15th July 2021
Designing a curriculum isn’t easy. It is a complicated process that needs to be carefully thought through and involves much strategic decision-making.
In this blog, Curriculum Director Melanie Moore shares the simple six-step process we have developed to help you design an effective, exciting curriculum.
Since 2010 we have supported over 2500 primary schools with their curriculum. During that time, we have identified six crucial steps of effective curriculum design. These steps will enable you to design your curriculum, whether starting from scratch or reviewing your existing curriculum.
Begin by establishing your curriculum principles. Your curriculum principles need to reflect your school’s values, context, pedagogical approaches and needs. In essence, your principles should clarify the vision for your curriculum.
Tip: Discuss and define your curriculum principles, vision and intentions with all stakeholders.
Read more: What are curriculum principles?
After clarifying your principles and purpose, you should set out your pupil entitlement (sometimes known as pupil offer). Your pupil entitlement should explain how you intend to broaden your curriculum with educational visits, extracurricular activities and other curriculum enrichment experiences.
Tip: Consider what your pupils will experience as they move through school and map these out for each year group. Link your entitlement to your curriculum principles, where possible.
You now need to arrange your curriculum content into subject schemes. Begin by looking at the programmes of study and make careful choices about what you will teach, when and why. Decide which concepts and subject aspects your curriculum will cover and how they interconnect with other subjects. You’ll then need to break these down into smaller component parts: the knowledge and skills objectives that provide building blocks for learning. These should be carefully sequenced, revisited and built upon through your curriculum. These decisions will eventually form your school’s long-term curriculum plan.
Tip: You should underpin each subject scheme with a sequenced skills and knowledge framework. You can do this by breaking the national curriculum programmes of study into progressive steps that provide subject endpoints. The aim is to help children build a deep body of knowledge that enables them to perform increasingly complex skills.
Read more: How to sequence your primary curriculum
Read more: What is a broad and balanced curriculum?
After creating your long-term curriculum plan, you will need to provide contexts for delivering it. At Cornerstones, we do this using projects. For subjects like history, the national curriculum sets out various contexts that must be covered, such as the ancient Egyptians. However, for subjects like art and design, you can create your own engaging contexts. The teaching narrative within each project or unit should set out how learning will be delivered. It should be sequenced and cohesive, clearly showing the starting point and how the project develops. Crucially, your planning needs to show how the subject knowledge and skills outlined in your long-term plan will be taught, revisited and built upon. This process is very complex and takes time to perfect. However, when completed, it will set out your medium-term plan, which you can elaborate on in short-term plans if required.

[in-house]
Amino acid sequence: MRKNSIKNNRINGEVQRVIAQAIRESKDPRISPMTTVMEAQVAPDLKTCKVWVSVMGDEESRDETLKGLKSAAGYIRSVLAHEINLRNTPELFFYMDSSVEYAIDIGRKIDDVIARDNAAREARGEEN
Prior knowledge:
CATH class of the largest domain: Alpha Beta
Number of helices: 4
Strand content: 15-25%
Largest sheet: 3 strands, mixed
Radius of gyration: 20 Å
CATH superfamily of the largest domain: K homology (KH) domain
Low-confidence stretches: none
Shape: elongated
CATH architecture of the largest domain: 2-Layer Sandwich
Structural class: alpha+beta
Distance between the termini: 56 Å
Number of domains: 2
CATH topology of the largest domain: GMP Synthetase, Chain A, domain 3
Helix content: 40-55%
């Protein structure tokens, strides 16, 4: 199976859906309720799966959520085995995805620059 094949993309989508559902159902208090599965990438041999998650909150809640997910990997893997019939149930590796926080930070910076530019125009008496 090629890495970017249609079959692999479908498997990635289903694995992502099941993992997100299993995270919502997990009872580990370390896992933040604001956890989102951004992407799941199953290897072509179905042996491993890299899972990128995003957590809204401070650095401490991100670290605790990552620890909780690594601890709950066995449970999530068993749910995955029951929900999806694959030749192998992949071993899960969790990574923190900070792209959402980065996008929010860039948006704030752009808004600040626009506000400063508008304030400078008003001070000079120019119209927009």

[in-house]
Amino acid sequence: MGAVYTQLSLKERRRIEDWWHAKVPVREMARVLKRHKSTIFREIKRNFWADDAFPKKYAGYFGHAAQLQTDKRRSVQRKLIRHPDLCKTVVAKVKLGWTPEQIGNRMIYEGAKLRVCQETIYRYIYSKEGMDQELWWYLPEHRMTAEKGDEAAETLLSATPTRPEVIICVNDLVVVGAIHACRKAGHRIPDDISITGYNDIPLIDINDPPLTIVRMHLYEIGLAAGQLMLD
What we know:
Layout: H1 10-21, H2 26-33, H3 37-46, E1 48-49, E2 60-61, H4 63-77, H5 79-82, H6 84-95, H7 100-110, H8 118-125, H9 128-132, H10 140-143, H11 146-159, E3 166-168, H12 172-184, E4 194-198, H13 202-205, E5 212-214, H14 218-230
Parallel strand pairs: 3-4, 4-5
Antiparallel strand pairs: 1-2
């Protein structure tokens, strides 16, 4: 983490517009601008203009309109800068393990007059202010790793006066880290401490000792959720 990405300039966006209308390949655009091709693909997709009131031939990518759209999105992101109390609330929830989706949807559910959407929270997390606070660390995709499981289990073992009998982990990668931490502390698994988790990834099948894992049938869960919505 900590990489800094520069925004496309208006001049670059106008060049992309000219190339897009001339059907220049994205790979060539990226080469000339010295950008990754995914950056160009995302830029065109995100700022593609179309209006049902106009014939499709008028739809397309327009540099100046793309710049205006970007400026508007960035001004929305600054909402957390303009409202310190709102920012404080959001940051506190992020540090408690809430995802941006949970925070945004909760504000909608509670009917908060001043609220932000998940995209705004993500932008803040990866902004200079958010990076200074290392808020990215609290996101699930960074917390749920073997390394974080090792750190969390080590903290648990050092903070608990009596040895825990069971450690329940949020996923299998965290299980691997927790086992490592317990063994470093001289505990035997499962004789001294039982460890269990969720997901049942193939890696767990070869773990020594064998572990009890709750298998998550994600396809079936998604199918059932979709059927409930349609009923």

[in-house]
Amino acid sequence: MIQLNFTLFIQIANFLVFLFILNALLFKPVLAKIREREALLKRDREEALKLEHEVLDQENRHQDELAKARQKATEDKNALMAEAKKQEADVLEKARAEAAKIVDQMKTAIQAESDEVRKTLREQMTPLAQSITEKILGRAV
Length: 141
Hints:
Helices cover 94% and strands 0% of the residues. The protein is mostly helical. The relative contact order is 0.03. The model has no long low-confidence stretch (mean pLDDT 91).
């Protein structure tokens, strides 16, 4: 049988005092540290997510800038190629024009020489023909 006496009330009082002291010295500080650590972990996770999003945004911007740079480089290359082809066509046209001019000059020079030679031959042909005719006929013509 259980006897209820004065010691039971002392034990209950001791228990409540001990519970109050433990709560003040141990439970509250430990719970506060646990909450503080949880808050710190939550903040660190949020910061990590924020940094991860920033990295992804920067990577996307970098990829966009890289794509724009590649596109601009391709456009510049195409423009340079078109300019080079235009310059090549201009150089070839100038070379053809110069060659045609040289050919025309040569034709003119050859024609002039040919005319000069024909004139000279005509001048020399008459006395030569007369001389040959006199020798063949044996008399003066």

Tip: Make the planning process easy so that teachers can create, adapt and share plans with others. Ideally, ensure that you have integrated, quick assessment for learning methods in place to support teachers as they deliver the curriculum.
Read more: The future of assessment in primary schools
Your curriculum should not be let down by poor quality or ad-hoc resources. Inadequate resources will not only dilute the power of your curriculum but can also cause confusion and even misinform. Sourcing the best quality resources is vital if you want children’s learning to be factually correct and ambitious. To make your curriculum the best it can be, insist on high-quality resources and practical equipment. Don’t reduce the impact of your curriculum by accepting anything less.
Tip: Create or source high-quality resources to support your lessons rather than the other way around. Keep a schoolwide overview of resources to avoid unnecessary repetition and ensure that content builds in complexity.
You now have an established curriculum. The next step is to regularly review its impact on teaching and learning, making any adaptations or changes you need to improve it further. At this stage, you may also identify Continuing Professional Development (CPD) needs for your staff. For example, the knowledge of subject leaders might need to improve to ensure that each area of the curriculum is well taught and supported.
Tip: Check that monitoring subject coverage and progression and assessment for learning are live, integral parts of your curriculum.
Of course, the six steps are a simplification of a more complicated process, but they are a good place to start. Several ingredients that have a significant impact on your curriculum design are missing here, such as the unique combination of the staff at your school, their knowledge and experiences, your children’s passions and interests and the creativity that you bring to the process.
These six steps of curriculum design are already covered and easy to implement using Curriculum Maestro, a multi-purpose online platform that includes a knowledge and skills-rich primary curriculum, a fully integrated assessment system and all the resources needed to teach and assess the curriculum.
If you would like to know more about Maestro or our curriculum, click on the buttons below.
This blog has been updated in September 2022 to reflect current best practice. First published in April 2019.
You can download your file by clicking the button below.Download file